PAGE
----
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-—aBB* 0 It’s really meat-y hash! Plenty of fine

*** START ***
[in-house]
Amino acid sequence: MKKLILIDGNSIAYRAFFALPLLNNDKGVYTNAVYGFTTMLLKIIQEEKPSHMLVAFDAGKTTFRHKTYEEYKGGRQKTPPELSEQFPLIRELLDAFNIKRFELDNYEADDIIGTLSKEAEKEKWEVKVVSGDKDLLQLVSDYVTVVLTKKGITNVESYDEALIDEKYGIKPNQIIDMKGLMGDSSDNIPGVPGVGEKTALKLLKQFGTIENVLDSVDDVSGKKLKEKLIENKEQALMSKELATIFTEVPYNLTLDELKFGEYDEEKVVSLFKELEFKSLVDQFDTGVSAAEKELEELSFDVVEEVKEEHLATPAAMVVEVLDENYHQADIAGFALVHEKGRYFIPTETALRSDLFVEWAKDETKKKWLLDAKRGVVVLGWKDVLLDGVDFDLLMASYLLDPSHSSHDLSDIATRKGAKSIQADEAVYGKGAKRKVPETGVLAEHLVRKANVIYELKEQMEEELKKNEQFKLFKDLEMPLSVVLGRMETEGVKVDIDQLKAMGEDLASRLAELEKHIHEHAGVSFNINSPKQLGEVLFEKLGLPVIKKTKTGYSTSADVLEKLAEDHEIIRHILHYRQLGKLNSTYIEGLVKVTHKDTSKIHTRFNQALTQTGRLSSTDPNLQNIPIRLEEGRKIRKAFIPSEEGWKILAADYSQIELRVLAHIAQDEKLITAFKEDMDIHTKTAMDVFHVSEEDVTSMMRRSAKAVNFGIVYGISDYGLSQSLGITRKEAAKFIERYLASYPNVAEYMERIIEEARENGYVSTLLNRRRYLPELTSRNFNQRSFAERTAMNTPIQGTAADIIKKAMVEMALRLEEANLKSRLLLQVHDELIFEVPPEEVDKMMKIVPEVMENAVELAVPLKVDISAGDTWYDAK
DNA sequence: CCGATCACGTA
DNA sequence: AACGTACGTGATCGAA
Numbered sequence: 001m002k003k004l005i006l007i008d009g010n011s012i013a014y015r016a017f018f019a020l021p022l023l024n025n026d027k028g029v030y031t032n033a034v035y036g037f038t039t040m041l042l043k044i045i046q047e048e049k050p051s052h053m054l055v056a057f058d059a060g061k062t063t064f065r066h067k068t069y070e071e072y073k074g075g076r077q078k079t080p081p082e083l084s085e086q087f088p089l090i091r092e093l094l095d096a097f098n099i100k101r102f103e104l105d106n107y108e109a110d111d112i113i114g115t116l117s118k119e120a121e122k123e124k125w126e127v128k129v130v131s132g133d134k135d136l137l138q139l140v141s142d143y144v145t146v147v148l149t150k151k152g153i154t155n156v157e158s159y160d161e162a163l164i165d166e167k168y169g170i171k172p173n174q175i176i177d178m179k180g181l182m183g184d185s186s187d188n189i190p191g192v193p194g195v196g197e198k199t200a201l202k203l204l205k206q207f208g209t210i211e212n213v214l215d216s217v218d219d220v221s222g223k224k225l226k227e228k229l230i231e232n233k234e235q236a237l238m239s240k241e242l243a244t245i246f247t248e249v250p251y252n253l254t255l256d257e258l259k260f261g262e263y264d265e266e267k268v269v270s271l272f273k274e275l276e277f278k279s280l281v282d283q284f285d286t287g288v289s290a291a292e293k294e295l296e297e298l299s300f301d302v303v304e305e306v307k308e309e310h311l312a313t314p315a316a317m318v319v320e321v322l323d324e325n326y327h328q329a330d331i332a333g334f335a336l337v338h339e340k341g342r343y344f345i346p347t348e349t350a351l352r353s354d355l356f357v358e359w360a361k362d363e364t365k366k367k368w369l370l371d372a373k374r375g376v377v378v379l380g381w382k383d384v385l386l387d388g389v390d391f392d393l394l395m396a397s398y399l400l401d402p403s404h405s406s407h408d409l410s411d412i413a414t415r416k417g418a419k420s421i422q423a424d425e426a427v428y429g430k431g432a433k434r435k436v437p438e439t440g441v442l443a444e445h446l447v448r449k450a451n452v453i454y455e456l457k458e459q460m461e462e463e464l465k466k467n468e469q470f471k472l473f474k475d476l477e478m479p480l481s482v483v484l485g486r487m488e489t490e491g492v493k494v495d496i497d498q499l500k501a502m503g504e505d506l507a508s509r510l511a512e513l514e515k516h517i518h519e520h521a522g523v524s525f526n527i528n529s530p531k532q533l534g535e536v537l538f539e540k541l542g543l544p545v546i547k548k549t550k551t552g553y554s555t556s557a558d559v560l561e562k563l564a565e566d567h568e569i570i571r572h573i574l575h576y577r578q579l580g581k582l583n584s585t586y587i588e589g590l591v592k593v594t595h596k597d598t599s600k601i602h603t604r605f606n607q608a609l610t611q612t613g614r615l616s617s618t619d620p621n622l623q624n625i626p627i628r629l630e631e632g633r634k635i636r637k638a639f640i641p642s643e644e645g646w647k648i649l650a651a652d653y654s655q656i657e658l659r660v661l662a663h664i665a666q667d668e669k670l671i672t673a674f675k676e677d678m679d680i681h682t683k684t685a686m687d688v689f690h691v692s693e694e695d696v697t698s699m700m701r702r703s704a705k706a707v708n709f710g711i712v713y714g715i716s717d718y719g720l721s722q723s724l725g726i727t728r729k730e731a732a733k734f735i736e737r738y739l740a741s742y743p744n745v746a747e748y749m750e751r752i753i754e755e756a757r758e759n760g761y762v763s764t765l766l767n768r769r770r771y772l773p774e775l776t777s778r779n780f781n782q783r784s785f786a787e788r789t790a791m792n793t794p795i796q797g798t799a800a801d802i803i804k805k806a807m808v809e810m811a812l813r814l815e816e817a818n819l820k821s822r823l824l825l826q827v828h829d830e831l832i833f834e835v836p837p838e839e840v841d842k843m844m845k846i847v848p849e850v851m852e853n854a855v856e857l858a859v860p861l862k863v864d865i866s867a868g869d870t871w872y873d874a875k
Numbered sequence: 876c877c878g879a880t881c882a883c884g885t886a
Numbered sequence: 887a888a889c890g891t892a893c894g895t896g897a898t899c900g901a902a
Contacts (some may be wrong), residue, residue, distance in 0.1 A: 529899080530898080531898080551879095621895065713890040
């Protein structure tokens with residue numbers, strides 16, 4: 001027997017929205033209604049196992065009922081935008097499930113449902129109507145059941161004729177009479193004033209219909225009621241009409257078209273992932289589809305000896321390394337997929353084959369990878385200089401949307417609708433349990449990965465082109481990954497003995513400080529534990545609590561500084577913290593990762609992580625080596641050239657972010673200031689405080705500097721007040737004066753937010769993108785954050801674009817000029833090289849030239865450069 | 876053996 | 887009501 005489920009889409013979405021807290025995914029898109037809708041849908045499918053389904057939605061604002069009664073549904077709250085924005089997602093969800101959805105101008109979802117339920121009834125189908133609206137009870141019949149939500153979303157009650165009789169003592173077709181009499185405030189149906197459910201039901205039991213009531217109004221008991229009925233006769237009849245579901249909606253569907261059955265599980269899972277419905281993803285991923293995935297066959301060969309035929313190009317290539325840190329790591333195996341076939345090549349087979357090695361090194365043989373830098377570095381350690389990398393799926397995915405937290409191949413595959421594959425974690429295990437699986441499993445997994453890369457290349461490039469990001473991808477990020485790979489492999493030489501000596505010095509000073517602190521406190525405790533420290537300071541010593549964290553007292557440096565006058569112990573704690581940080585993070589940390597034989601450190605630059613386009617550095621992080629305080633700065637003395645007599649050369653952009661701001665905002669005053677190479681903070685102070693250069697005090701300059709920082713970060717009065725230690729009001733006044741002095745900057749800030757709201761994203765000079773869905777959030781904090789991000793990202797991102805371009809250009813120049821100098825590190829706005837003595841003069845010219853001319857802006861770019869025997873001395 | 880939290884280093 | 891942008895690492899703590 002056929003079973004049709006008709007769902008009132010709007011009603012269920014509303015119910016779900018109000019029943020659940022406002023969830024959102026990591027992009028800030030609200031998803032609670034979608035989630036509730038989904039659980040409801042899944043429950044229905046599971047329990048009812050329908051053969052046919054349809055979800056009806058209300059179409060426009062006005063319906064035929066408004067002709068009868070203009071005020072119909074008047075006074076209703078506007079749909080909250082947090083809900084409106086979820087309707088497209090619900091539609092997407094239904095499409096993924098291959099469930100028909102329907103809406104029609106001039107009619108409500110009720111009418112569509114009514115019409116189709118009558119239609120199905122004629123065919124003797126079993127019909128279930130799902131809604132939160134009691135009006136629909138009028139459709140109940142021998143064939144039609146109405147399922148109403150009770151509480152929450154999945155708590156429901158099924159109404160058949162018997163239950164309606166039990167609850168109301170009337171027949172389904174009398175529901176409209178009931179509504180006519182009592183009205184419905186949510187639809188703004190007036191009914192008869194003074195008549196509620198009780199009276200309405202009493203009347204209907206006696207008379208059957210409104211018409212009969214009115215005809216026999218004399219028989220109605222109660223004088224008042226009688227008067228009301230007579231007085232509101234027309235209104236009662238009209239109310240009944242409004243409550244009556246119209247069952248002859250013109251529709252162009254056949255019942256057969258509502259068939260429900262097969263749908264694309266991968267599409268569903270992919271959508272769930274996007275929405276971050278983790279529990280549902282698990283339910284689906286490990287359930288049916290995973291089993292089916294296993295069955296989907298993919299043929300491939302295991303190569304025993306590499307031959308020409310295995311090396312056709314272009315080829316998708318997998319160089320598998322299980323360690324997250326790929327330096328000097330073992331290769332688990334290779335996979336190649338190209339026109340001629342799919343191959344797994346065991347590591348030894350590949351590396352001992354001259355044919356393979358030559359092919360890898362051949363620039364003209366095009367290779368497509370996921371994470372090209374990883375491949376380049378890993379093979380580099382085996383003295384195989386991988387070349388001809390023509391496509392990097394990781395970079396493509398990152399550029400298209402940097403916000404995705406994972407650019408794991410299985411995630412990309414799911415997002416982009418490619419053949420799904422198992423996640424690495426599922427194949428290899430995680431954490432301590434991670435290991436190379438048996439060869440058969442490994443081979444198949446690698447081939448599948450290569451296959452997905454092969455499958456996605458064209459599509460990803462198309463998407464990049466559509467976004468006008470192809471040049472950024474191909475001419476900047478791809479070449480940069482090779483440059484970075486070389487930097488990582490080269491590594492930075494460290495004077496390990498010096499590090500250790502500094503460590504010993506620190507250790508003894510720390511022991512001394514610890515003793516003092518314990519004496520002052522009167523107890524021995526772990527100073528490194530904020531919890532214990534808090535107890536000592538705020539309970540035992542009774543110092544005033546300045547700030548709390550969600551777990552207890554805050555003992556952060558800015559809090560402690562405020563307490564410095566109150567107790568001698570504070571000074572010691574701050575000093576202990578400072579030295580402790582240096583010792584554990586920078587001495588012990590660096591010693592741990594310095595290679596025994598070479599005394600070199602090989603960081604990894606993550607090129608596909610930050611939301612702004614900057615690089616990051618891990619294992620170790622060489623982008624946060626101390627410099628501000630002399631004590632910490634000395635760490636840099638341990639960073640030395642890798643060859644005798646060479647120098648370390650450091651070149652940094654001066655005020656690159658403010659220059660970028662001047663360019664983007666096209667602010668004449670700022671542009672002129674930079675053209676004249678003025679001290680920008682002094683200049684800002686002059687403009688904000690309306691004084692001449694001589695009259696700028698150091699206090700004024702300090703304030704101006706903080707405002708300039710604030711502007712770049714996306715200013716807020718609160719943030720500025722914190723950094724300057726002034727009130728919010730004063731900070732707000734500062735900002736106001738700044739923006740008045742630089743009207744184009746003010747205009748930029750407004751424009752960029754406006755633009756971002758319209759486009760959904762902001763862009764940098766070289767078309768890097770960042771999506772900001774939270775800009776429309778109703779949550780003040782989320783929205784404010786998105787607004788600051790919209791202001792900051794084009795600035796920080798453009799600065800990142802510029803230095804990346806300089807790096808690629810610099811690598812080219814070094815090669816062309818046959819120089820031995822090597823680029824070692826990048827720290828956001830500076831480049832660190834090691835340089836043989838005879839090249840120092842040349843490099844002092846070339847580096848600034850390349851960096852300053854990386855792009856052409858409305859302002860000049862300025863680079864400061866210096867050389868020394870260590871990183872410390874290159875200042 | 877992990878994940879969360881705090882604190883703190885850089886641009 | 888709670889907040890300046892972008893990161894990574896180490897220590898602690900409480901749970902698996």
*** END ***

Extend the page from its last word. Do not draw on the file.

A m g%l - corned beef, and every bit of potato rich with meat flavor. A trace of onion . . . just-right 7 seasoning. It all adds up to perfection. r You see. Libby chefs have a special trick of cooking the beef, potatoes and seasonings to a flavor-blend that’s superb! All you do is heat the hash. We're sorry we can’t urge you to have our wonderful Corned Beef Hash of ten, because wartime restrictions have limited the pack. But when you find Libby's at your food store, your folks are in for a treat. ( We ve l>een pre paring corned beef for over 70 years, and have a special "know-hou '.'') When your dealer is out of Libby’s Hash, then take another of our famous canned meats. Every one is delicious. LIBBY, MCNEILL * LIBBY, CHICAGO 9, ILLINOIS LISTEN TO "MY TRUE STOBY" . . . thrilling real life dramas! Every morning Mon. thru Fri. 10:15 EWT, 9:15 CWT, 1 1:30 MWT, 10:30 PWT. Blue Network. I , 1 Chill a can of Libby s ( brned , Beef Hash. Slice hash in six I i portions. Pan fry in hot fat | until well browned. Scree with tossed salad. Screes three. LIBBY'S DEVILED HAM-It’s truly fine ham . . . c<x>ked. ground and "deviled" with _ choice spices. The thing for lunch box sandwiches! So thrifty, handy, and so good. Make sure it's Libby’s you get. LIBBY’S VIENNA SAUSAGE — A perfect “find'’ on the pantry shelf for a quick meal. These tender sausages are tantaliz ing with the taste of hard wood fire smoking. Libby’s arc famous. It Surprised Her A True Story by ARTHUR BARTLETT Tkli W—k llaH wr»*r In £nvlond I (fIucIvs was so calm about the robot Ixtmhs. But this time.. . ENGLAND WHEN Hitler unloosed his robot bombs (better known now as "buzz bombs” or "doodlebugs"), I was in London where some of the first ones landed. It was no fun. You would see or hear one of the Things coming through the sky. getting nearer and nearer. You would know it was pure chance where it would crash. You would recall what you had seen at places where others had crashed, the people who had been living their normal lives one moment and the next moment, homeless, injured, dead. You would hear the motor of the Thing suddenly cut off, and you would know that within seconds that particular Thing would have done its work. But until you heard the ex plosion you didn't know whether it would be you or somebody else who would be in its descending path. "The Thing" That Fiiee The one place 1 found in those days where, after a spell of watching from the roof, I could regain the calm detachment which saves nerves from becoming intoler ably taut, was the little bar in the base ment of my hotel. Here, in convivial com pany, you talked about events around you as if they were merely matters of current interest, having no momentary relation to your own life — as we back home might discuss the World Series. It was, of course, an attitude rather than a reality. I suppose I was about the only person who came there who had not been through bombings in earlier war years. Most of the customers had lost friends or loved ones. They understood very well that high explosives dropping from the sky can be a very personal matter. I think, because they did understand it, they carefully avoided showing any sign of it. That was the Englishman's instinctive block against hysterics or panic. She Had the Right Idea Gladys, the barmaid, was a past mistress of the technique. Tall, dark and friendly — with that privileged brand of friendliness which makes the English barmaid the most inviolate of females — she would discuss the Hitlerian weapon from any angle, then turn to another subject as casually as if the Derby or the night’s dinner menu were of exactly the same conversational weight. A novice trying to play the game might avoid mentioning (lying bombs at all. But not Gladys. "I’cxir Mr. Meadows.” she would say, "had his windows blown in last night. I wonder what that devil Hitler is thinking about, don't you? That's two-and-six, dear. Have you decided where you are going on your holiday?” If then*- had been ordinary lxmib* I doubt if there would have lx-cti as much comeraatiou about them. Being new, they opened new fields of discussion. Our Nearest Miss Pilotless planes? How did they work? What were they like? Everybody had his own theory, but gradually the facts became known and the newspapers began calling the Things by the less mysterious name of buzz bombs. So did the customers in Gladys’ bar. Since there was little more to be said about them, except that they were or were not overhead, the conversation turned to other subjects. It was on quite another subject — I don’t remember now what it was — when we got our nearest miss. Suddenly the floor seemed to stir under our feet, the atmosphere pressed against our eardrums, glasses rat tled and puffs of dust rose from the corners where it had accumulated. The explosion itself was sharp and over in a moment. That was all. The Thing, as we learned soon after ward, had struck hundreds of yards away, * and. though a mother and child had been buried in the rubble of their home, we were unscathed. Birth of a Nam* I say that was all, hut it wasn’t, quite. For at the moment of explosion Gladys screamed. It wasn’t much of a scream. But the fact that she had screamed at all filled Gladys with shame. She muttered abjectly: "It surprised me. I wasn't ex pecting it, that’s all.” The men in the bar grinned reassuringly and in a moment Gladys had recovered her self. "Oh well," she said lightly, “you know that song — how does it go now? — ‘The rvxxllebugs will get you if you don't watch out.’ ” It was the first time I had heard the Things called doodlebugs, though within a day or two it was universal here and had be gun to spread to the United States. I shall always believe that it was Gladys, the barmaid, covering her confusion at having broken the code, who gave them the name.